Coca-Cola’s ‘health by stealth’ wheeze is sneaky. But if it works so be it | Gaby Hinsliff

It had been a long day. I was knackered, and frankly not concentrating. Which is how I managed recently to bake a plum cake and forget to put the sugar in. The damn thing was already cooked and cooling by the time the penny dropped, so there was little option but to keep quiet and dish it up. But surprisingly, plates were licked clean. It tasted fine, if a little drier than usual. And yes, there is a point to this tedious domestic mishap, which is that Coca-Cola just did something similar to millions of its customers, in a move that has interesting implications for the debate over public health and the nanny state.

The soft drinks giant started by silently reducing the calories in Sprite. People didn’t seem to mind, so two weeks ago it secretly cut the sugar in Fanta by a third, and again sales held perfectly steady. So much for all the outraged spluttering over government plans to introduce a levy on sugary drinks next year – the reason Coca-Cola changed its recipes, since both drinks will now escape the tax – and how it would ruin much-loved brands. People literally didn’t notice.

There is admittedly something mildly disconcerting about the concept of “health by stealth” – although health is, in this case, a relative term. The acid in fizzy drinks is still no friend to teeth, and swapping sugar for other sweeteners does nothing to discourage the craving for sweetness. Who knows? In a few years we may all be panicking instead about some unforeseen side-effect of stevia, the natural plant-based sweetener substituted in Sprite. But it remains a rare example of a company fooling its customers into better choices, not worse ones – for once. They’re treating us like children. This is, after all, the equivalent of smuggling hated vegetables into pasta sauce and brazenly liquidising the evidence. But then, there’s nothing like a public health intervention for provoking a national tantrum.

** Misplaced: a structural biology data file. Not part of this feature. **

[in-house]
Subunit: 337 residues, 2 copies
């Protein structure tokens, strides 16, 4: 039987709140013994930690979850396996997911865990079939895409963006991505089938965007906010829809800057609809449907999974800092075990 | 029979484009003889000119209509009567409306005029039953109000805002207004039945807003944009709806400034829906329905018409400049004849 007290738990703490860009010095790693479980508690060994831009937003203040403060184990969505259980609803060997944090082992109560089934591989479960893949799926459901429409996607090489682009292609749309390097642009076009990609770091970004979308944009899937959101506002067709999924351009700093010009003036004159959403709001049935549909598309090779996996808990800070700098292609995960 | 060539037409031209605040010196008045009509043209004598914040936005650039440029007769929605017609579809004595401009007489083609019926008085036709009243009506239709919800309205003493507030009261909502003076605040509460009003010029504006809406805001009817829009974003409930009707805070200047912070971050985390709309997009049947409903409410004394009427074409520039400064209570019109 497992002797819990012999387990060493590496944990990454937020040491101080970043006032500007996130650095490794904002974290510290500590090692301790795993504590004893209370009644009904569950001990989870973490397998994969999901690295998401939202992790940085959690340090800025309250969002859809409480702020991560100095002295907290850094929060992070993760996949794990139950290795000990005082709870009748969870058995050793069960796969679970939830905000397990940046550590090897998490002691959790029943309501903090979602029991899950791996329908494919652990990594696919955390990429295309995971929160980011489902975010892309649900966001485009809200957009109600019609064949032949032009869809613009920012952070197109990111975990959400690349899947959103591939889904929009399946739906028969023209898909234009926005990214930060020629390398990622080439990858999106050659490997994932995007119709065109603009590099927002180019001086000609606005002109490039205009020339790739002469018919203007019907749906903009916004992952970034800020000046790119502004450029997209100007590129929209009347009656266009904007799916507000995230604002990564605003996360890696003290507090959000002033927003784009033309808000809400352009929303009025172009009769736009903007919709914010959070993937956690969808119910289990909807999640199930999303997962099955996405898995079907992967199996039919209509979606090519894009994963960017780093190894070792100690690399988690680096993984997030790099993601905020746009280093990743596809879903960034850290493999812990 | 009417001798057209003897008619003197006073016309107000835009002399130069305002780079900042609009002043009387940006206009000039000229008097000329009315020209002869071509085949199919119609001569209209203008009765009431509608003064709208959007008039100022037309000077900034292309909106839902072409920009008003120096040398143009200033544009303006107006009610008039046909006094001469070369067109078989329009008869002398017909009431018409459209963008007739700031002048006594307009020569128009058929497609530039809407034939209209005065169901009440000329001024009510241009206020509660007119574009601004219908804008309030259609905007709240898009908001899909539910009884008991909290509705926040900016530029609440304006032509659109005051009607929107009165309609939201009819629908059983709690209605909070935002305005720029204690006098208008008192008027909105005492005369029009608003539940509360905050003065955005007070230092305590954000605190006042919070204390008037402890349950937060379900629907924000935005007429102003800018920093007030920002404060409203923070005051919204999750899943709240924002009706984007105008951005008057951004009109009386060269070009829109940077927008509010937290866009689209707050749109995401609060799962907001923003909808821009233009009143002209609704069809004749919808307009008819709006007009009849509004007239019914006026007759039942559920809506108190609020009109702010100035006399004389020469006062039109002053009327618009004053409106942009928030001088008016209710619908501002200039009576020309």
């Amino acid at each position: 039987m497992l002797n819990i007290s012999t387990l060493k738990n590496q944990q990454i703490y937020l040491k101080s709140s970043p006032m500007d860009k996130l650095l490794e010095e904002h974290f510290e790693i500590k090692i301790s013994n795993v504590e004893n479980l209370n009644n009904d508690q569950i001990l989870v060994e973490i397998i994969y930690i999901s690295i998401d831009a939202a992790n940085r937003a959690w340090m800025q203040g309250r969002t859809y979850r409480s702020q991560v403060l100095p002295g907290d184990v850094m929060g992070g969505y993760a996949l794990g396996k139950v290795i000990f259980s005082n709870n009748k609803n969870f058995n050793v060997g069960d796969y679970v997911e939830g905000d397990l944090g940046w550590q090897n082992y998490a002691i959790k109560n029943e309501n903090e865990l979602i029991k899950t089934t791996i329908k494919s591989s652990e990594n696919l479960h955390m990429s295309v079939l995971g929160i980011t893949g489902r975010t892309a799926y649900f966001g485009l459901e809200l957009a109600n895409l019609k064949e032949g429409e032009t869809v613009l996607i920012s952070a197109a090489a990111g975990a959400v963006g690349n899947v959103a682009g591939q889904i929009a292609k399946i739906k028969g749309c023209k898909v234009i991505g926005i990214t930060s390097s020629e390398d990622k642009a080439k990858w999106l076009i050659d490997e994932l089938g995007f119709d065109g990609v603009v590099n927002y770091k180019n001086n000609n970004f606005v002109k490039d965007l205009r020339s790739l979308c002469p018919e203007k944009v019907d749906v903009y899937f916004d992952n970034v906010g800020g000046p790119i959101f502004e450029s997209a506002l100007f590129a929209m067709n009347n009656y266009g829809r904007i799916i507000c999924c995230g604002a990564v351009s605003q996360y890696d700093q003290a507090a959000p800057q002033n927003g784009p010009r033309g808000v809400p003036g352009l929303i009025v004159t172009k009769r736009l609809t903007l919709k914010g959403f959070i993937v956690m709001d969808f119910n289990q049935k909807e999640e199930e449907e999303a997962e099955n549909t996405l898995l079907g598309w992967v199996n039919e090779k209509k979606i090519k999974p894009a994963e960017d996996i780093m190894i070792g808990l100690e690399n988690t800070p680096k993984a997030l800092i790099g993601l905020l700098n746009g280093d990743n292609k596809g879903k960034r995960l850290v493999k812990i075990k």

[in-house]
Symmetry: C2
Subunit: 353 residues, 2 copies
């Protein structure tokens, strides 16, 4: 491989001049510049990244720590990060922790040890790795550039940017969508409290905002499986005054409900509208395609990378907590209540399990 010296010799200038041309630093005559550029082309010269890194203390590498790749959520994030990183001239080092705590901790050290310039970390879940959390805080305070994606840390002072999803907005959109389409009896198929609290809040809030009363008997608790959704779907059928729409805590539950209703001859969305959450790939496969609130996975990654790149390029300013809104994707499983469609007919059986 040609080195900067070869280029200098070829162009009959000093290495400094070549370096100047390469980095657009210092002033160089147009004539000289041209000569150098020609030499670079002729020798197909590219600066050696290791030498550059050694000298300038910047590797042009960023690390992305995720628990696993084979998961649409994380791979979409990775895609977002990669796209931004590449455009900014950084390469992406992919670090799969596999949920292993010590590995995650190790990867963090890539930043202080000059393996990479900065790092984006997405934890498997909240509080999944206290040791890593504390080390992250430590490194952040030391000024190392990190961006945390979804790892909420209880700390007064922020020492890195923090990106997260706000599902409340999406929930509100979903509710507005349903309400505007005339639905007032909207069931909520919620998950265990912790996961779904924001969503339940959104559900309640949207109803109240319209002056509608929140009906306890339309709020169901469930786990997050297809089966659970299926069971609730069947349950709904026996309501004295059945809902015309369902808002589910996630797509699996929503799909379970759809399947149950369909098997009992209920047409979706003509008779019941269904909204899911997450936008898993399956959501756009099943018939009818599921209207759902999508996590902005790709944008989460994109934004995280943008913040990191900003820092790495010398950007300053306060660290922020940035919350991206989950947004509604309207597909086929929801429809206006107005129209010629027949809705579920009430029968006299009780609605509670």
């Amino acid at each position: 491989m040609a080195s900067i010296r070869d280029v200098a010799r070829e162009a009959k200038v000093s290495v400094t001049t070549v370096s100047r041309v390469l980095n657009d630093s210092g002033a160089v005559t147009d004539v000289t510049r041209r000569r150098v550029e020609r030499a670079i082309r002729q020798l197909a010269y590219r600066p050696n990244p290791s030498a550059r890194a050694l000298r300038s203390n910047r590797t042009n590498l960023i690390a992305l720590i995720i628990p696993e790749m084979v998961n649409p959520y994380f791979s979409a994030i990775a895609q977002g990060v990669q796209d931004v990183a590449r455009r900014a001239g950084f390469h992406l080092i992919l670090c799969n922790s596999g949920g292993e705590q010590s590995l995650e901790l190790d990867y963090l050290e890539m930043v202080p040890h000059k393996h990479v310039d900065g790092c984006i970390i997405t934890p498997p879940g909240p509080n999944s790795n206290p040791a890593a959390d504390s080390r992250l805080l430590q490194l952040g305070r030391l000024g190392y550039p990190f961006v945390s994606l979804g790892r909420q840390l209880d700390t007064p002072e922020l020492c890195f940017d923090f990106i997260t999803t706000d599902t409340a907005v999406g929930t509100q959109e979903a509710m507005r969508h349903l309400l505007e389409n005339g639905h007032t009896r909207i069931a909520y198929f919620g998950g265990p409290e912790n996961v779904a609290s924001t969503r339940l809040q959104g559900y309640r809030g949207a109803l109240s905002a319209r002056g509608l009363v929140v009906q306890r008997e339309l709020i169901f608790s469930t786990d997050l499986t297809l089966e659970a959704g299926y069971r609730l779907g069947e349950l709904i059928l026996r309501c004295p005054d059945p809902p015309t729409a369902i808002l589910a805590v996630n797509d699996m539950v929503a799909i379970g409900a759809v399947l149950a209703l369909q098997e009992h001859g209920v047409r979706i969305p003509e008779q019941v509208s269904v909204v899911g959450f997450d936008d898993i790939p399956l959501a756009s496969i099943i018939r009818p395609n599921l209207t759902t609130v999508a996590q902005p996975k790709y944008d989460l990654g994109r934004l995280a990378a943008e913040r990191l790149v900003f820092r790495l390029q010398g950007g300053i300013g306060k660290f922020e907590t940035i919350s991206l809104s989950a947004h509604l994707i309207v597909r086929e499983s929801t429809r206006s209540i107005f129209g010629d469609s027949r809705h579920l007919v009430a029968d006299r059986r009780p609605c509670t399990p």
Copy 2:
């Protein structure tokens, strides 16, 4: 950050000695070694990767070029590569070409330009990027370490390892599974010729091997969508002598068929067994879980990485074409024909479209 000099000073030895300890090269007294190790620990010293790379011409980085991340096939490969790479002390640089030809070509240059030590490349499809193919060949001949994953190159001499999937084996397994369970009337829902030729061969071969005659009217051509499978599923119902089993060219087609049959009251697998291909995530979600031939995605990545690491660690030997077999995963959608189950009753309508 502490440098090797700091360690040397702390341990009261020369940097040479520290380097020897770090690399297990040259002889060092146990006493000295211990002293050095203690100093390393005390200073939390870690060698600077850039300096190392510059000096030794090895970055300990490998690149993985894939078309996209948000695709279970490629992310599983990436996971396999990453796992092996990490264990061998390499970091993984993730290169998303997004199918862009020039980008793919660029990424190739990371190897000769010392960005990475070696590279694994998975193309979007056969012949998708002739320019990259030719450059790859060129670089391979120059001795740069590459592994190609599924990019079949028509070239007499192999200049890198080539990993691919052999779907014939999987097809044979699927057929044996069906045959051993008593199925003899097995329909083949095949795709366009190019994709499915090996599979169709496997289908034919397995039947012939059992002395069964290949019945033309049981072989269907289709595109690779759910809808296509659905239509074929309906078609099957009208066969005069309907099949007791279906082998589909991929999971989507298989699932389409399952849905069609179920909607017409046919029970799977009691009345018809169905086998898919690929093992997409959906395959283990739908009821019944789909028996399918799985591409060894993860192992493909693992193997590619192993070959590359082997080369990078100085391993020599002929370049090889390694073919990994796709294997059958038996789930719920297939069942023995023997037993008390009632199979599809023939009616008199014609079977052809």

Andy Burnham was accused of waging war on parents only four years ago for promising that a future Labour government would act to reduce sugar in cereals such as Frosties. Last year, when George Osborne finally unveiled plans for a tax on sweetened drinks, libertarian Tories were outraged.

Yet in a few years’ time we’ll surely look back and wonder what the fuss was about, for such is the way of health and safety interventions, from the ban on smoking in public places to the introduction of compulsory seatbelts. Outrage turns to grudging acceptance, before mellowing into surprise that things were ever any different.


If you announce you’re lowering fat, sugar or salt, then consumers glumly assume the result will be thin and joyless

It seems genuinely astonishing now that until 31 people died in the King’s Cross station fire in 1987, which was started by a dropped cigarette, nobody seemed to think smoking on the tube was a problem. My son boggles at the idea that back in the 1970s, kids would travel piled on top of each other in the backseat of a car or rolling around in the boot. But it still requires political courage to get past the initial wall of resistance, which is constructed of corporate inertia plus kneejerk irritation among consumers at being told what to do. Legislation can obviously overcome the former, but what’s less often noted is that it can also prompt imaginative responses to the latter.